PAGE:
A Confidence Issue

Lack of confidence has played a big role in the markets lately. When banks don’t want to lend to each other then fear has to be stronger than greed.

Tuesday’s 300 point drop in the Dow was based on disappointment that the Fed lowered rates only by ¼%. Wednesday, the markets (Dow) rallied some 272 points right out of the gate after the Fed’s plan of adding liquidity to credit markets received a warm welcome. However, enthusiasm faded fast as the markets dropped into negative territory by 111 points at its trough. That’s a huge range and shows utter confusion in the trading community. The reason: Lack of confidence in the Fed’s ability to deal with the crisis at hand. Only last minute upside activity pushed the major indexes into positive territory for the day.

I was reminded of that when I read MarketWatch’s feature story titled “Falling into the liquidity trap,” by economist Dr. Irwin Kellner. I have referenced his articles before, and I like his no-nonsense approach to analyzing economic events. Short, sweet and to the point.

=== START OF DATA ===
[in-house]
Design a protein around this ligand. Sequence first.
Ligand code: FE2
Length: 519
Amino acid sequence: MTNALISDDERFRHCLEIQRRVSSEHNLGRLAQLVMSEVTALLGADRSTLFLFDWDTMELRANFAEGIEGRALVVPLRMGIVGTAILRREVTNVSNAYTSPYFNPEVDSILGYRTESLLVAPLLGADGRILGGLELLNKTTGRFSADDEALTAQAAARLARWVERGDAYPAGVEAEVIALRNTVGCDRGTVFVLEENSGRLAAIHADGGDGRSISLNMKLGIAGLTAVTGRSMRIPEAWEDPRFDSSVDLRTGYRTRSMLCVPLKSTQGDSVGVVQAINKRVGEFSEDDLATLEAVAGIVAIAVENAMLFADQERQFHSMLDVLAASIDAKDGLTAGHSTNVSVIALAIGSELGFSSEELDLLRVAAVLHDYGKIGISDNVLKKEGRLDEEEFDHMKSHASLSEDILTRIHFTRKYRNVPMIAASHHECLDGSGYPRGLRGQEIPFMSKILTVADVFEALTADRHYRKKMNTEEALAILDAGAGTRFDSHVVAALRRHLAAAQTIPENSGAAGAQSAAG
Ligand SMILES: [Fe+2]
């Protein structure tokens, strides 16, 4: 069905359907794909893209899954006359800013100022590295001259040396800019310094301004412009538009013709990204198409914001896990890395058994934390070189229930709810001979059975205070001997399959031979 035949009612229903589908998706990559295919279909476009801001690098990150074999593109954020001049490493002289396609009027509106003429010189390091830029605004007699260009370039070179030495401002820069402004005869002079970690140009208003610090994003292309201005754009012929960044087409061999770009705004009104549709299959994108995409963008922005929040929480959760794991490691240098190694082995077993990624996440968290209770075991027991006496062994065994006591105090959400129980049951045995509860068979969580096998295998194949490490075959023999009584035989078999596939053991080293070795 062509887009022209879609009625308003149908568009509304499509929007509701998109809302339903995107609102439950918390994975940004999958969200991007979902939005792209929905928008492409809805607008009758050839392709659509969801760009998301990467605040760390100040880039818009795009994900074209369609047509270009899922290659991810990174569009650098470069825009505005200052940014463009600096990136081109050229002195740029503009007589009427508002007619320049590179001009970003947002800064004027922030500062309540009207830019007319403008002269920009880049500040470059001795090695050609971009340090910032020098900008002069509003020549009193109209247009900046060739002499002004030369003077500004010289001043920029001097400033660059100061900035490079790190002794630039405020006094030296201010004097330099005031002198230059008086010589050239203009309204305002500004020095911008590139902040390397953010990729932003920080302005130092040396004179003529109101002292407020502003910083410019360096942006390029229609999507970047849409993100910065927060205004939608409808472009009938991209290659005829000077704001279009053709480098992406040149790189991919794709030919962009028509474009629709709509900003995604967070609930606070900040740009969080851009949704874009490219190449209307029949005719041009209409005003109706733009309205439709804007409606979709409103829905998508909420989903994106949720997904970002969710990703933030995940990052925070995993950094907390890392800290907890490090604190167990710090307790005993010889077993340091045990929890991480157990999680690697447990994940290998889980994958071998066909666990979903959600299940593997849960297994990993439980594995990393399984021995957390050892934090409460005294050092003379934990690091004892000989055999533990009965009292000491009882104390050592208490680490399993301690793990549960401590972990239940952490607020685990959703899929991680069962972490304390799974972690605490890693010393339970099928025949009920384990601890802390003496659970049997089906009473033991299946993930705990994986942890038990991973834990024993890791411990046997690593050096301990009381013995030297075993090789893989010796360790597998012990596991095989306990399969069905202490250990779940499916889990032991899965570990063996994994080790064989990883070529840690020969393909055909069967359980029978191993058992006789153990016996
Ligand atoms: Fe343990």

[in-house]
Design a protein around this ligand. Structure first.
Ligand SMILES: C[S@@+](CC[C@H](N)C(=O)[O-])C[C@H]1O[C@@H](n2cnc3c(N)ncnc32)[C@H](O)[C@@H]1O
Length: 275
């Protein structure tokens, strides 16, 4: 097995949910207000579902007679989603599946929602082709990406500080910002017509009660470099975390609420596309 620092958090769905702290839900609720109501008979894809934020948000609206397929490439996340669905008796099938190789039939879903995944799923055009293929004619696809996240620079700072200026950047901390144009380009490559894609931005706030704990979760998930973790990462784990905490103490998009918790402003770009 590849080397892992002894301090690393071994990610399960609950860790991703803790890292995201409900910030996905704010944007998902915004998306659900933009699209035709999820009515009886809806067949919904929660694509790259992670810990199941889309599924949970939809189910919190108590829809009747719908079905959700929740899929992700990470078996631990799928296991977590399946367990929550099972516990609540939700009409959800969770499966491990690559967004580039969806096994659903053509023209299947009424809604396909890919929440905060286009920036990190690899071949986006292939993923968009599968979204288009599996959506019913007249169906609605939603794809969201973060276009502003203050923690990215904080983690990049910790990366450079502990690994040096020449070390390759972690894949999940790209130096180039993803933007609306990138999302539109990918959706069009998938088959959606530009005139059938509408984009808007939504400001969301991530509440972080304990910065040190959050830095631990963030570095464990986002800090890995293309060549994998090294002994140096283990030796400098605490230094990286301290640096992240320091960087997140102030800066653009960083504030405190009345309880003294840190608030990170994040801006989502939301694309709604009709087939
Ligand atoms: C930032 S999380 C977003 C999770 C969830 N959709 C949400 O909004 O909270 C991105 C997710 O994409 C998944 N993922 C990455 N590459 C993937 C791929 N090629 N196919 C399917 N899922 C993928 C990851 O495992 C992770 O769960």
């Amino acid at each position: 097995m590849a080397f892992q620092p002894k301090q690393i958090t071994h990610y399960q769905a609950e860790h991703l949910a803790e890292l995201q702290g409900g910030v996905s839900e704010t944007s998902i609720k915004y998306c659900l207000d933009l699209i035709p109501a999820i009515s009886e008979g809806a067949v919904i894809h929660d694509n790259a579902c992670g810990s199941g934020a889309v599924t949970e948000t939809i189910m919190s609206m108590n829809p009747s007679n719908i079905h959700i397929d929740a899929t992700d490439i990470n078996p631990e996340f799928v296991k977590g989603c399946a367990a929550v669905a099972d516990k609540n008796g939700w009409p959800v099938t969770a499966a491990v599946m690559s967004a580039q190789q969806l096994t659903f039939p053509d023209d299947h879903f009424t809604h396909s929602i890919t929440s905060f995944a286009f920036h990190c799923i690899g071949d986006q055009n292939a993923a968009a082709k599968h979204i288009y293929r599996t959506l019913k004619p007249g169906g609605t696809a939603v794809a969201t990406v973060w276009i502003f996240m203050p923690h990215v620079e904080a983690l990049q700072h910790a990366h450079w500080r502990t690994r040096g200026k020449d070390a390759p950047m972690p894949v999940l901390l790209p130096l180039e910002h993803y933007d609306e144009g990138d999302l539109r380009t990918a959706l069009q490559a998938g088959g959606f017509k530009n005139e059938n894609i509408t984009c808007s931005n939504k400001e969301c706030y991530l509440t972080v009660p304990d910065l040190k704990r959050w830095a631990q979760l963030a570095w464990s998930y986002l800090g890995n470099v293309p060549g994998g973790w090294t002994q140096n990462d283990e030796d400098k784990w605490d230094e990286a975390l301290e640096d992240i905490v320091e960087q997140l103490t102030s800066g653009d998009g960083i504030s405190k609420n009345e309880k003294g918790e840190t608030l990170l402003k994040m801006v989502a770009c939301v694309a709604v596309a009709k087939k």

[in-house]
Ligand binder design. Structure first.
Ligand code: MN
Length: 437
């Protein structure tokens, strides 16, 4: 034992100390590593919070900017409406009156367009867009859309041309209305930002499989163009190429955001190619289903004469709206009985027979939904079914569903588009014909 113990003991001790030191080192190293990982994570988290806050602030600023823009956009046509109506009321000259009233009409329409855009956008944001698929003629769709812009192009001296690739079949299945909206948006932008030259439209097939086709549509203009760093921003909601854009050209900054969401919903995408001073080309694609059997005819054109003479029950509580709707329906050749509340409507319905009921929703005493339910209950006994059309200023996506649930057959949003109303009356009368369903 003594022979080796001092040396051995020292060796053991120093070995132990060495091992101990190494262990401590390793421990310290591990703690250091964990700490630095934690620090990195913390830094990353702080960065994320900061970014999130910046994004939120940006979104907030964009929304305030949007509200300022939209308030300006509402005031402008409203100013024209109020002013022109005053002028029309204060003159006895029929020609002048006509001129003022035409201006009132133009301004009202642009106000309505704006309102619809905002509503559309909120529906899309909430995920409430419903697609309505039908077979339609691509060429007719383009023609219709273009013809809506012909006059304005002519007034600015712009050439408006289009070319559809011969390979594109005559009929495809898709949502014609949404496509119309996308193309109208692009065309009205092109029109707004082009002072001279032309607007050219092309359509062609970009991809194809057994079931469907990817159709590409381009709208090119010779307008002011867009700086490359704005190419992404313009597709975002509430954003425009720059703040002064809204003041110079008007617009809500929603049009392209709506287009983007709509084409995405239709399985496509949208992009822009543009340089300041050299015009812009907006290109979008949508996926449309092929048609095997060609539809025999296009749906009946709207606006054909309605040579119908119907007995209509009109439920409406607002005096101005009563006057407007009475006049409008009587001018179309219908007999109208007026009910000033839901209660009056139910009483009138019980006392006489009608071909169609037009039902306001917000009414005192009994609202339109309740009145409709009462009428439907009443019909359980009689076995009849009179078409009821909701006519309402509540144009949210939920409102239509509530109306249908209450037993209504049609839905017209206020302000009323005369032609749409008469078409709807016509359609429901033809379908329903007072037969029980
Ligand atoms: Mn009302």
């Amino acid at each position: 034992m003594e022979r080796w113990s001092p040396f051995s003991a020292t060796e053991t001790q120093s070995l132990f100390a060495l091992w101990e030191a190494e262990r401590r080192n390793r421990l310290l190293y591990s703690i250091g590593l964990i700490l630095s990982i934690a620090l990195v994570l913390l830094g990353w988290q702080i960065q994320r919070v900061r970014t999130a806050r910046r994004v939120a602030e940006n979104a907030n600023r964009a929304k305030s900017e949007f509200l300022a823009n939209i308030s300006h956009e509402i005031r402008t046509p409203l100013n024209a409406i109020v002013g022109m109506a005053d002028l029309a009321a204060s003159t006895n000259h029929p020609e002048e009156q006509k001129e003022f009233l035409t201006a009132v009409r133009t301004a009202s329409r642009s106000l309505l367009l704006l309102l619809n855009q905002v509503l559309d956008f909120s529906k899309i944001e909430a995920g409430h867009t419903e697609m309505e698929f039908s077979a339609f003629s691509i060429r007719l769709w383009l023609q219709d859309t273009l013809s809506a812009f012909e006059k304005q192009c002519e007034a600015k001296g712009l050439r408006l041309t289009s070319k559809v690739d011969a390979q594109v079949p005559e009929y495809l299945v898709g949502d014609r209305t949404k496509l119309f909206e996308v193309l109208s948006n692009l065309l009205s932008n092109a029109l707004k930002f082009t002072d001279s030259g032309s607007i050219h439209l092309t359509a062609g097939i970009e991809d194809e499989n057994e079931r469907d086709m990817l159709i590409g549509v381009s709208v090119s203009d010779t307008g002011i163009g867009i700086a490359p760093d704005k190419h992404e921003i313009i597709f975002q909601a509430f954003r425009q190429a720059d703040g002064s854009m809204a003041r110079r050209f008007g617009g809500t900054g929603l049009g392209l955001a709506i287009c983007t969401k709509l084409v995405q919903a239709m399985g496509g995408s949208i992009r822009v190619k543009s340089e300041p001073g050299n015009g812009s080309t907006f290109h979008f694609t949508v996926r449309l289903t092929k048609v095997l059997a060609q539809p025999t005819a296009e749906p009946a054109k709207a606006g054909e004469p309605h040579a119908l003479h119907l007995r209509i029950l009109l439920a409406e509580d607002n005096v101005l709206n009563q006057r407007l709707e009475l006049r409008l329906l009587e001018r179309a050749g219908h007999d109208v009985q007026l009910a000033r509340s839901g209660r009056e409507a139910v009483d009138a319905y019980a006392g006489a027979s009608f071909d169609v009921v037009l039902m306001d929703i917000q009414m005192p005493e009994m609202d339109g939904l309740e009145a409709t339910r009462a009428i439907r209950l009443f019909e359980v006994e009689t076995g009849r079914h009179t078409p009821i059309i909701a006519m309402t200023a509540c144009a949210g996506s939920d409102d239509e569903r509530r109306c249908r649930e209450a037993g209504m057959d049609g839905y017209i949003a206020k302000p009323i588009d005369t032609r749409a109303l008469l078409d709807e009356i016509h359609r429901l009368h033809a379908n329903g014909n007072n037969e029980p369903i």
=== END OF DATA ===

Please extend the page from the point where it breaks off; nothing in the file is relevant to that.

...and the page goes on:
He writes that “today there are some similarities to the liquidity trap of the 1930s. The credit crunch is clearly one of them. No matter what the Fed does on Tuesday, it will not be able to thaw out the frosty financial markets.

This is because the markets lack confidence. As I wrote two weeks ago, “fear, and not a lack of liquidity, is what’s freezing up the credit markets … and … it’s going to take a lot more than infusions of liquidity to thaw them.”

While I agree with his assessment, I am also aware that his article, and many others I have pointed to in various posts, do not give you any idea about market direction. It’s simply an unknown and the only way to make reasonable investment decisions is to follow the major trend. Markets will react to fundamental economic changes or crises in any way they see fit, but you can be certain that prices of underlying securities will reflect any change in sentiment, either to the upside or to the downside.

That change we can measure via our Trend Tacking Indexes, which only have one function: To keep us on the right side of the market.

About Ulli Niemann

Ulli Niemann is the publisher of "The ETF Bully" and is a Registered Investment Advisor. Learn more
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